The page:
Playmaker counts down the 15 greatest balls to ever be kicked in anger

The Greatest Balls in Football History

2020/03/22 13:10
By Connor Andrews
E0

This winter has seen the return of the famed blue and yellow Nike Aerow to Premier League pitches up and down the country, putting football fans on a brief nostalgic trip every time we've seen a close up.

Here at Playmaker though, we've used it as an excuse for a nostalgia trip of our own, where we count down the 15 greatest footballs to ever be kicked in anger...


#15 Adidas Tango 12

©Getty / AFP

The best recreation of a classic. Euro 2012’s Tango showed less is more with its simplistic but stand out design, featuring the flags of host countries Ukraine and Poland around the black looping triangles which cleverly change the look of the ball from each angle. 

#14 Mitre Ultimax

Before Nike got involved, Mitre’s monopoly over English football extended across the League, FA Cup and League Cup up until the start of the millennium.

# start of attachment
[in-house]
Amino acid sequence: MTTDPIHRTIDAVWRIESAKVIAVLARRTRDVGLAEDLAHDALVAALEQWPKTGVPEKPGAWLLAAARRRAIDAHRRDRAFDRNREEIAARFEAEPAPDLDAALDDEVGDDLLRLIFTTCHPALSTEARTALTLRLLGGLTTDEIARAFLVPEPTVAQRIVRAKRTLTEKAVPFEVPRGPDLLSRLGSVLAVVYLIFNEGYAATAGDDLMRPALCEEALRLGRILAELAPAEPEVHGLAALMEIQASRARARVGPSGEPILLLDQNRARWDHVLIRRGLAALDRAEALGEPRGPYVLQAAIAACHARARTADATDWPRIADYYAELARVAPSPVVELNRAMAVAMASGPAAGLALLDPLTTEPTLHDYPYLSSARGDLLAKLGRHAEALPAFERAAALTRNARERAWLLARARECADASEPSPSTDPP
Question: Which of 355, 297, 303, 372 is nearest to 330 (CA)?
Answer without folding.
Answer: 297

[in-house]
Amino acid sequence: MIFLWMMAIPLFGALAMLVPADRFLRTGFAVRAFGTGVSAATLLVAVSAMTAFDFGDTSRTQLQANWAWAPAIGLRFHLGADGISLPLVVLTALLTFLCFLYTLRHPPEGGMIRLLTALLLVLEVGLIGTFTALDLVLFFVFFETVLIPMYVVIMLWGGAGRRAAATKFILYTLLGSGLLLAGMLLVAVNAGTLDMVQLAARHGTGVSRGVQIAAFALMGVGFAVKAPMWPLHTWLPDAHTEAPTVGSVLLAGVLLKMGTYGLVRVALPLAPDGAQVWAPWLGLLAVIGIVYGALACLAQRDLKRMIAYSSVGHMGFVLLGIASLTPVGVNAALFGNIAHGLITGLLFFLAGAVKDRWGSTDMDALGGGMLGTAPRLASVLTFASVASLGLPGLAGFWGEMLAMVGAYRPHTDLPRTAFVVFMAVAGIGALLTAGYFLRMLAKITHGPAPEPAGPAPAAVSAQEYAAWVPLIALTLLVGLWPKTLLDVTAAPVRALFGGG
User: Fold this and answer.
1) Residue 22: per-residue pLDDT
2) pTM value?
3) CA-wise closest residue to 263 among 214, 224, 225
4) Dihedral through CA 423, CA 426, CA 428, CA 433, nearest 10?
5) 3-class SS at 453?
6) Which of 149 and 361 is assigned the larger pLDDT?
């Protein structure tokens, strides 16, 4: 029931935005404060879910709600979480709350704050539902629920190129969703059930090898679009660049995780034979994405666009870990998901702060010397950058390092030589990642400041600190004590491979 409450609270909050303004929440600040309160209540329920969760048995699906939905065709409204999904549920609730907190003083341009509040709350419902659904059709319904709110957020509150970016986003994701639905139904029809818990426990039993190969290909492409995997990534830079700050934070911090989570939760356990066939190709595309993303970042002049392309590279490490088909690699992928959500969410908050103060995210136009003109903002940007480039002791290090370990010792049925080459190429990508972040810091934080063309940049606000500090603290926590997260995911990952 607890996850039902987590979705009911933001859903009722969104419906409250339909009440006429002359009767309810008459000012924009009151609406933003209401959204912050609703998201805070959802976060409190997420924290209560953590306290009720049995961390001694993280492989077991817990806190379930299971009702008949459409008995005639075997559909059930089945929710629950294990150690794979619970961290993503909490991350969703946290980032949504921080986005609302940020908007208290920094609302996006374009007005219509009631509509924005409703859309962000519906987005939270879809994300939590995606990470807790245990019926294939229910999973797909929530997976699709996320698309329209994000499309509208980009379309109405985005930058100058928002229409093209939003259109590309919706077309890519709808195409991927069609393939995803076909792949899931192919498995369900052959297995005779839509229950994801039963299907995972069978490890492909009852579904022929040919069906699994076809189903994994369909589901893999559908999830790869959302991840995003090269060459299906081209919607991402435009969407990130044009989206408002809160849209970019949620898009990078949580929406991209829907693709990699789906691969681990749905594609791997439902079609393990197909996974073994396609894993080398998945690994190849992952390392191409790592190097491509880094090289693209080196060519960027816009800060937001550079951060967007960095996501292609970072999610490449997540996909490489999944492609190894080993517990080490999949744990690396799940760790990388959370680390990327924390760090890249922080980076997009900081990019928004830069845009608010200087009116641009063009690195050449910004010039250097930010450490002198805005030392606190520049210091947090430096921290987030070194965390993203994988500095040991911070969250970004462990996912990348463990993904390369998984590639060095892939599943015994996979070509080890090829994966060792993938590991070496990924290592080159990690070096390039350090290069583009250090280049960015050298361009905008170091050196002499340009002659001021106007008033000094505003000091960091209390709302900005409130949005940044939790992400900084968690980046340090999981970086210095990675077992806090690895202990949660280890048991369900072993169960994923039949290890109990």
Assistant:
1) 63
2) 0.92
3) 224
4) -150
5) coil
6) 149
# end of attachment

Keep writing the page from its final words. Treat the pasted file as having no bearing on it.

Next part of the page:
From its inception Mitre was the Premier League’s ball, with their best effort being their last, the Ultimax. A simple but effective design, blocking a shot from a Mitre on a cold day would leave the worst of red marks. If you never had the chance to play with the most solid of balls, be thankful, as finding the right pressure to pump these was finding a needle in a haystack that never existed. Still, a classic in its own right.


#13  Nike NK 800 Geo

Nike had their time in Spain prior to entering the Premier League and beginning to dominate club football, and what a time it was. The beginning of the Real Madrid Galáctico era coincided with this simple but rather perfect effort from Nike.


#12 Derbystar Bundesliga Brilliant

A ball not so familiar to an English audience but one that has dominated North West Europe for the past few years, breaking the Nike and Adidas monopoly. Back after a 50-year hiatus, the Derbystar is used again in the Bundesliga as well as Netherlands Eredivisie and a select few others. Unspectacular but stand-out for its history and uniqueness, it's nice to see a rival for the main two.


#11 Adidas Europass